More OS X software rot

Evidence of the quality rot in Mac OS X continues to grow. The latest is a hilarious-if-it-weren't-so-sad: typing "file:///" with a capital F results in many Mac applications crashing. But that's not all.

Since I'm writing this on a Mac, I can't spell it out as it crashes Notational Velocity, my preferred text processing tool. Read all about it at 9to5Mac

Obviously, this could be used in an exploit to sabotage Macs all over the world. And that's bad.

But the real question: what the hell are the system software guys doing in Cupertino? It's past time to put down your lattes - they make fine ones at the Infinite Loop campus cafeteria - and stop embarrassing yourselves.

OS X is turning into a steaming mess.

Time Machine system rot A recent technical comment on an Apple developer mailing list documents more OS X stupidity. Thomas Templemann, author of the app Find Any File had some telling comments.

Mr. Templemann is a ". . . big fan of Time Machine, at least on the technical level." He went on to write:

Well, today, a friend showed me the horrors of Time Capsule: Saving a few 100MB of changed files to the Capsule can easily take one to two hours. Which is incredible, isn't it?

And why is that? . . .

. . . accesses to the SAME item are repeated 10-20 times. Each of them issuing a fresh network call. . . .

. . . Isn't anyone at Apple noticing that [Time Capsule] or any network-based [Time Machine] backup is so incredibly slow?"

Sure they are. They just don't care. Mac sales keep climbing anyway.

Too many network accesses aren't the only problem with Time Machine. I stopped using it years ago because if you have a lot of email TM has to break and remake thousands of symbolic links, an expensive process, after email deletions.

Time Machine slowed my Mac Pro to a crawl. TM just isn't intended for serious users.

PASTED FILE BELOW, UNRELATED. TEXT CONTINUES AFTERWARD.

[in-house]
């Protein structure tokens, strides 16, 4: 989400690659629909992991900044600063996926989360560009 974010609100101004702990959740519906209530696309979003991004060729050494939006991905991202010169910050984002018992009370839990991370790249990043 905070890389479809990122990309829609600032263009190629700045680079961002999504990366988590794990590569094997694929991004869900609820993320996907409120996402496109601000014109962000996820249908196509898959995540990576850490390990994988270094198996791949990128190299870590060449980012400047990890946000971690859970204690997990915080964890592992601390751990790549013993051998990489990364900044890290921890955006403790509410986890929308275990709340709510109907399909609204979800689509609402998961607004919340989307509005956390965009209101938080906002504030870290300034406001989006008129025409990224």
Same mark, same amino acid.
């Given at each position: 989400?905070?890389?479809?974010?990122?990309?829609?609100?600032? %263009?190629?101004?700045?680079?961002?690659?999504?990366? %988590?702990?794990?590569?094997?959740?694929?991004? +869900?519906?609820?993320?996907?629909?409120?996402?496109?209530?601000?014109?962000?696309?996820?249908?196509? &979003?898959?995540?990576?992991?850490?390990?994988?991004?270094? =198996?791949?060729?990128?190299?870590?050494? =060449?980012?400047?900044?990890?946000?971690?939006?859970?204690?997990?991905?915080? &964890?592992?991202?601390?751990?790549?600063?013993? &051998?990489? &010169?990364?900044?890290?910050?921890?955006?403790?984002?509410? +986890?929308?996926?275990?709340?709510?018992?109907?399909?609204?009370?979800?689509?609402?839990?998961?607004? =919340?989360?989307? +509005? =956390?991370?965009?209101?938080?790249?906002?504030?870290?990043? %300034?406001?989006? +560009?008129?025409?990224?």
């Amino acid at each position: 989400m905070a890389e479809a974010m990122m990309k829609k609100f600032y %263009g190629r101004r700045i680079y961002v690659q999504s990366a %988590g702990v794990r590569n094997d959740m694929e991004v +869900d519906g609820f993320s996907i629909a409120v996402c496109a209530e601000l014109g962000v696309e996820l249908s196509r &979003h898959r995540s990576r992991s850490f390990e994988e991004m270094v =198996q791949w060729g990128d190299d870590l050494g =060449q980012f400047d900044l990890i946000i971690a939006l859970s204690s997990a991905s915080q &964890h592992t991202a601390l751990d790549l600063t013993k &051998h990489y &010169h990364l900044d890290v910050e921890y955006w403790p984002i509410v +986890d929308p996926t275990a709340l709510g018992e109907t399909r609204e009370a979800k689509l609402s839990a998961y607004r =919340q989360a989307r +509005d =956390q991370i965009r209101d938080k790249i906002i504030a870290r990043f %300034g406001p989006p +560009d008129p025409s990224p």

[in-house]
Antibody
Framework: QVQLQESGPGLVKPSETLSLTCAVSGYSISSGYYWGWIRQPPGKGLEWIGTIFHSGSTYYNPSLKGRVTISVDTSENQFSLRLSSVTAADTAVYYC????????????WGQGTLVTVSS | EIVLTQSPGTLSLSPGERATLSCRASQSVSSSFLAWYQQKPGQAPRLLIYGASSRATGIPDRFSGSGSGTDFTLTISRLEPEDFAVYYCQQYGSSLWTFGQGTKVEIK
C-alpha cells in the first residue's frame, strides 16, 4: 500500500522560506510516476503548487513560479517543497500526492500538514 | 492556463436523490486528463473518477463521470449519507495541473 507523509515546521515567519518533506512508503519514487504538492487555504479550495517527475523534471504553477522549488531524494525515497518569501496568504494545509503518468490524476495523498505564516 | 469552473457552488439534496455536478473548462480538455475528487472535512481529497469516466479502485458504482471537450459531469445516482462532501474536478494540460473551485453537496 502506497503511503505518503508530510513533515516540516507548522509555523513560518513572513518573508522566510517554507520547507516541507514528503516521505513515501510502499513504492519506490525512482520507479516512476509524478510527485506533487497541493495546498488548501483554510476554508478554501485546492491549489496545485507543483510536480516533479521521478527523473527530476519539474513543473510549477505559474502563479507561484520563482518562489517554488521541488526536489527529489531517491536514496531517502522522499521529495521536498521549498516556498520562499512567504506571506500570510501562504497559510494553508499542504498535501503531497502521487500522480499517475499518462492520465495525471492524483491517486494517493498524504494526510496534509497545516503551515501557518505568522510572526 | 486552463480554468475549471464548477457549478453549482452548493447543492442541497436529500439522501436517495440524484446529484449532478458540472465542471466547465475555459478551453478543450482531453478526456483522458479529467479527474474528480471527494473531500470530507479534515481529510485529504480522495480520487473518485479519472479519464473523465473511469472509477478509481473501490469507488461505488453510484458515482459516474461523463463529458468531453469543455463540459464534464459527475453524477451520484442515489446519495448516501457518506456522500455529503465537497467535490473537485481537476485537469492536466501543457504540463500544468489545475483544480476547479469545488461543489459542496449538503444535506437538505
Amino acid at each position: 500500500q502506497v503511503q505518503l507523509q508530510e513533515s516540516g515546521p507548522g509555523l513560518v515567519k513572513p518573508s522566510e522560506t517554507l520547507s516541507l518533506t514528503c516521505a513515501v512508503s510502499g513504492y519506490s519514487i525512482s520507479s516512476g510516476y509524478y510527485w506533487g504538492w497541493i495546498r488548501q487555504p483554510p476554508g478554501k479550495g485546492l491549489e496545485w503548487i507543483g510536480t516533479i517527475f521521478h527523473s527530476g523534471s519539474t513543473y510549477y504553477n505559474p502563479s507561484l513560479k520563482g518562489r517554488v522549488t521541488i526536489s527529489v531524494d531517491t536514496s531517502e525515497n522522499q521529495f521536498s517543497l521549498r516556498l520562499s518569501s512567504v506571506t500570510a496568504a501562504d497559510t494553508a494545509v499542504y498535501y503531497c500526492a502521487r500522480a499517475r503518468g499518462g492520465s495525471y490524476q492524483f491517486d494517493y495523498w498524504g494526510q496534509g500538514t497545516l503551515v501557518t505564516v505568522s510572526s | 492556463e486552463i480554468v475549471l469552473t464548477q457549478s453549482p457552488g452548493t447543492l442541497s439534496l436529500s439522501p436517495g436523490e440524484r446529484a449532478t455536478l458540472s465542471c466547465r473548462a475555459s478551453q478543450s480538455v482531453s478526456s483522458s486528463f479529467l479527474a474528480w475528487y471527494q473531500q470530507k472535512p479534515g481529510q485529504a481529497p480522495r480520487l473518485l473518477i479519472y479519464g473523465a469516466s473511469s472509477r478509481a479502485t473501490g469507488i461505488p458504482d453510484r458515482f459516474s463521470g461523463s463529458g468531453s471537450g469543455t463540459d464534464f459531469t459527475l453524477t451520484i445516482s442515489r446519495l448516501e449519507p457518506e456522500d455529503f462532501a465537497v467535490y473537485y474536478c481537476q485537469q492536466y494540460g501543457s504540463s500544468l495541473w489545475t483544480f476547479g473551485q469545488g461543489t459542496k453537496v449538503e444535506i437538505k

And about HFS+ Some Mac fans pooh-pooh assertions about the low quality of HFS plus despite the fact that it's been documented in independent research. Apple did nothing. Microsoft hired the researcher and has implemented major improvements.

But you can see for yourself, if you're comfortable with the Terminal, that you can corrupt a volume and OS X's Disk Utility won't see it or repair it. Still think OS X is safe for important data?

The Storage Bits take I don't know what it will take for true believers to see that there is a serious problem with Mac system software quality. Maybe a Google search on Mac file corruption? Or worse, personal experience of massive data corruption?

What is worrying to me is that these issues get worse with each release of OS X. That says that the OS X software group needs adult supervision, much as Microsoft did when they brought in uber-engineer Dave Cutler to drive Windows 7 after the Vista fiasco.

It's time for Tim Cook to step up and make sure that whoever is responsible for system software for the Mac has the same commitment to quality and innovation that Steve imbued in the rest of Apple.

Comments welcome, of course. Still using my Mac, but I'm starting to look at Linux distro's.